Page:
Positive data from Abbott Laboratories' Absorb bioresorbable scaffold have at least one researcher predicting that within five years they will be more widely used than permanent metal stents for the treatment of coronary artery disease.
But while Absorb is currently the leading bioresorbable scaffold, it could eventually be displaced by next-generation products, said Professor Patrick Serruys of Imperial College London. He pointed to Absorb’s fairly thick strut size, at 150 microns; thicker struts have been linked with recurrence of the vessel blockage.
“27 companies are working on this, and there’s not a day that I don’t see an improvement in the technology,” he said. Others in the space include Elixir Medical – which like Abbott has a CE marked device – Biotronik and Boston Scientific, which in July started clinical trials with its FAST scaffold.
Professor Serruys presented the positive Absorb data at the European Society of Cardiology meeting today, and the company also celebrated a victory in its Japanese trial of the device.
But these companies are some way behind Abbott, which has already filed for US and Japan approval for Absorb and obtained a CE mark. And now the group has replicated data from the Absorb II trial, which reported last year that the device was non-inferior to its best-selling Xience V drug-eluting stent at 12 months (Abbott moves to soak up more stent sales with Asborb data, September 15, 2014).
Two studies with Absorb were presented at the ESC today: Absorb Japan, designed to support Japanese approval and comparing the device with Xience Prime/Xpedition in patients undergoing percutaneous coronary intervention; and Absorb Stemi Trofi II, in which the scaffold went up against Xience in patients with the more serious form of heart attack known as ST-segment elevation myocardial infarction (STEMI).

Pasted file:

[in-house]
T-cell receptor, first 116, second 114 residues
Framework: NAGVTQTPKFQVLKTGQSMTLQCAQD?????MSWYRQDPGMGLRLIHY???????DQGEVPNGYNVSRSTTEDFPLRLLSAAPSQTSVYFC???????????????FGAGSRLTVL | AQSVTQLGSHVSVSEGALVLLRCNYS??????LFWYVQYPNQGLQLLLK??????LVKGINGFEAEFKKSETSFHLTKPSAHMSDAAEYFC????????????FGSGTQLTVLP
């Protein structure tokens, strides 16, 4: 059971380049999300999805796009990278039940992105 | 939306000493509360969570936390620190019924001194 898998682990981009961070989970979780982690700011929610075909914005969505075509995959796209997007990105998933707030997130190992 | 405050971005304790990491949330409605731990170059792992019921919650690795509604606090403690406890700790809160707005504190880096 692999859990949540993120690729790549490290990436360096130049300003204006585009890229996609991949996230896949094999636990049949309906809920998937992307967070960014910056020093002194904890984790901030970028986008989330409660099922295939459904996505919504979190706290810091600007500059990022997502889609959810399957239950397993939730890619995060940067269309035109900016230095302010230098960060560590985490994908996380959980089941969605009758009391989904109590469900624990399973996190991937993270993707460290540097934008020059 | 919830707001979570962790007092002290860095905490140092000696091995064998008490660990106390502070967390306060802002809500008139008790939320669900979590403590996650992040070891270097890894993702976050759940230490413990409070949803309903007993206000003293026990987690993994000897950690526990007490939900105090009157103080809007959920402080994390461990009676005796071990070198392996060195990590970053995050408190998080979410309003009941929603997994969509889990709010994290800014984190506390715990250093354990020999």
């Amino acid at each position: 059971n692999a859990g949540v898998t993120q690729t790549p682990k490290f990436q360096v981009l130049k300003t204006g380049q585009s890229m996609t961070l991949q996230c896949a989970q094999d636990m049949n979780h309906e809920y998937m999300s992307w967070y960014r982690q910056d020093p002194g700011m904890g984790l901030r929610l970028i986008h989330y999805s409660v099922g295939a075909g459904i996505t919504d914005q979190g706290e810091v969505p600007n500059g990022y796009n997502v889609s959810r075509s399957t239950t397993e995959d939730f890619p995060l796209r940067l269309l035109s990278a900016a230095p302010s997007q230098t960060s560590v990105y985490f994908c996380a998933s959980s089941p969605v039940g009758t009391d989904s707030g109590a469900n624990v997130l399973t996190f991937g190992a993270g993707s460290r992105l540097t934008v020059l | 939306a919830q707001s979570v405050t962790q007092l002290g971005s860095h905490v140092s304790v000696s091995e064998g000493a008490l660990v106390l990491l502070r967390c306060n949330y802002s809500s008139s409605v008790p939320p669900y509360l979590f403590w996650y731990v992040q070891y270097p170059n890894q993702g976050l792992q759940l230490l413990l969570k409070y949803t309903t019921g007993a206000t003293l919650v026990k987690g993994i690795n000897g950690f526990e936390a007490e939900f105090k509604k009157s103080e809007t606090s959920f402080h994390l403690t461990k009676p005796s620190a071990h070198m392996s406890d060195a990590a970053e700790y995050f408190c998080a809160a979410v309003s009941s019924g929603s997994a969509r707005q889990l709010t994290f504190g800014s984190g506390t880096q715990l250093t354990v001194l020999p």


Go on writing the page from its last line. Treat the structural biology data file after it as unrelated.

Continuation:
Both showed non-inferiority versus the older, metal-framed drug-eluting stent.
The primary endpoint of the 400-patient Absorb Japan study was target lesion failure at 12 months – a composite of cardiac death, heart attack caused by a re-blockage of the vessel and need for a repeat procedure – which occurred in 4.2% of Absorb-treated patients and 3.8% of the Xience group.
The 191-patient Absorb Stemi Trofi II trial, meanwhile, looked at vessel healing at six months, measured by the intravascular imaging technique optical coherence tomography. The healing score was similar between treatment groups, at 1.74 in the Absorb arm and 2.80 in the Xience group.
When asked why doctors would choose to use resorbable devices rather than older – and cheaper – DESs with the outcomes being so similar, Professor Serruys said he expected the benefit with the former to be seen in two to three years, once the scaffold dissolved and the blood vessel returned to a more natural state.
This assumption will obviously need to be borne out in longer-term studies.
Next stop US and China
The next milestones for Absorb will be one-year results from the pivotal US Absorb III and Absorb China studies, which will both be presented at the Transcatheter Cardiovascular Therapeutics conference in October, along with two-year Absorb II data.
Absorb III is the big one – if positive it should support FDA premarket approval, expected in early 2016. The 2,000-patient study is comparing Absorb with Xience and aims to show non-inferiority on target lesion failure, the same primary endpoint as Absorb Japan.
The FDA green light should give Absorb the boost it needs, as sales in Europe have been sluggish. Credit Suisse analysts estimate that Absorb could bring in $825m in 2020, up from $142m in 2014.
Even if Absorb does get the nod in the US, Abbott will need to make its first-mover advantage count, with new and potentially improved devices not too far behind it.
|Absorb Stemi Trofi II||NCT01986803|